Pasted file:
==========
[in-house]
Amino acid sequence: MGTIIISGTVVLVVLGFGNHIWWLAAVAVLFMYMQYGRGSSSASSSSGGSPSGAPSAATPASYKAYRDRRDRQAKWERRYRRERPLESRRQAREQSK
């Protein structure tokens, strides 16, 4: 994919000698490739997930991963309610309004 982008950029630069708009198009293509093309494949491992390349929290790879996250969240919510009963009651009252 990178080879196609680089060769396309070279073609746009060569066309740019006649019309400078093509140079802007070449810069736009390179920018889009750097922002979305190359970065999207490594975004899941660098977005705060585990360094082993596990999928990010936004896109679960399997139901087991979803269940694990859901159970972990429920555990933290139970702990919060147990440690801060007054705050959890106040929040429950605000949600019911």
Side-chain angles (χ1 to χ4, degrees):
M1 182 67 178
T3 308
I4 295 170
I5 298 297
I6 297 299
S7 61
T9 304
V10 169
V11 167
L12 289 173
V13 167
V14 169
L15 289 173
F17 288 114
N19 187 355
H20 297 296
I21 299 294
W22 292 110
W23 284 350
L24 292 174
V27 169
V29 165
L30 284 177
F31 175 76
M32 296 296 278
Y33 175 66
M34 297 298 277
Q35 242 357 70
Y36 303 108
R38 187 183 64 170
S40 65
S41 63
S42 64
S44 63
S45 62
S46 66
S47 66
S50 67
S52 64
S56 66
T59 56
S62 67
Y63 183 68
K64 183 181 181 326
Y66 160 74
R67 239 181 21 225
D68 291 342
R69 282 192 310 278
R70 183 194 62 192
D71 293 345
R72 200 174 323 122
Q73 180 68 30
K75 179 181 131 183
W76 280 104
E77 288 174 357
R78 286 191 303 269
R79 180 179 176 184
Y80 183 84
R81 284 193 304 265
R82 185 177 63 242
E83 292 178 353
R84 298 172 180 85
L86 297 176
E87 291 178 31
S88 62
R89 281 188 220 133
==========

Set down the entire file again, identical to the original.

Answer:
[in-house]
Amino acid sequence: MGTIIISGTVVLVVLGFGNHIWWLAAVAVLFMYMQYGRGSSSASSSSGGSPSGAPSAATPASYKAYRDRRDRQAKWERRYRRERPLESRRQAREQSK
């Protein structure tokens, strides 16, 4: 994919000698490739997930991963309610309004 982008950029630069708009198009293509093309494949491992390349929290790879996250969240919510009963009651009252 990178080879196609680089060769396309070279073609746009060569066309740019006649019309400078093509140079802007070449810069736009390179920018889009750097922002979305190359970065999207490594975004899941660098977005705060585990360094082993596990999928990010936004896109679960399997139901087991979803269940694990859901159970972990429920555990933290139970702990919060147990440690801060007054705050959890106040929040429950605000949600019911």
Side-chain angles (χ1 to χ4, degrees):
M1 182 67 178
T3 308
I4 295 170
I5 298 297
I6 297 299
S7 61
T9 304
V10 169
V11 167
L12 289 173
V13 167
V14 169
L15 289 173
F17 288 114
N19 187 355
H20 297 296
I21 299 294
W22 292 110
W23 284 350
L24 292 174
V27 169
V29 165
L30 284 177
F31 175 76
M32 296 296 278
Y33 175 66
M34 297 298 277
Q35 242 357 70
Y36 303 108
R38 187 183 64 170
S40 65
S41 63
S42 64
S44 63
S45 62
S46 66
S47 66
S50 67
S52 64
S56 66
T59 56
S62 67
Y63 183 68
K64 183 181 181 326
Y66 160 74
R67 239 181 21 225
D68 291 342
R69 282 192 310 278
R70 183 194 62 192
D71 293 345
R72 200 174 323 122
Q73 180 68 30
K75 179 181 131 183
W76 280 104
E77 288 174 357
R78 286 191 303 269
R79 180 179 176 184
Y80 183 84
R81 284 193 304 265
R82 185 177 63 242
E83 292 178 353
R84 298 172 180 85
L86 297 176
E87 291 178 31
S88 62
R89 281 188 220 133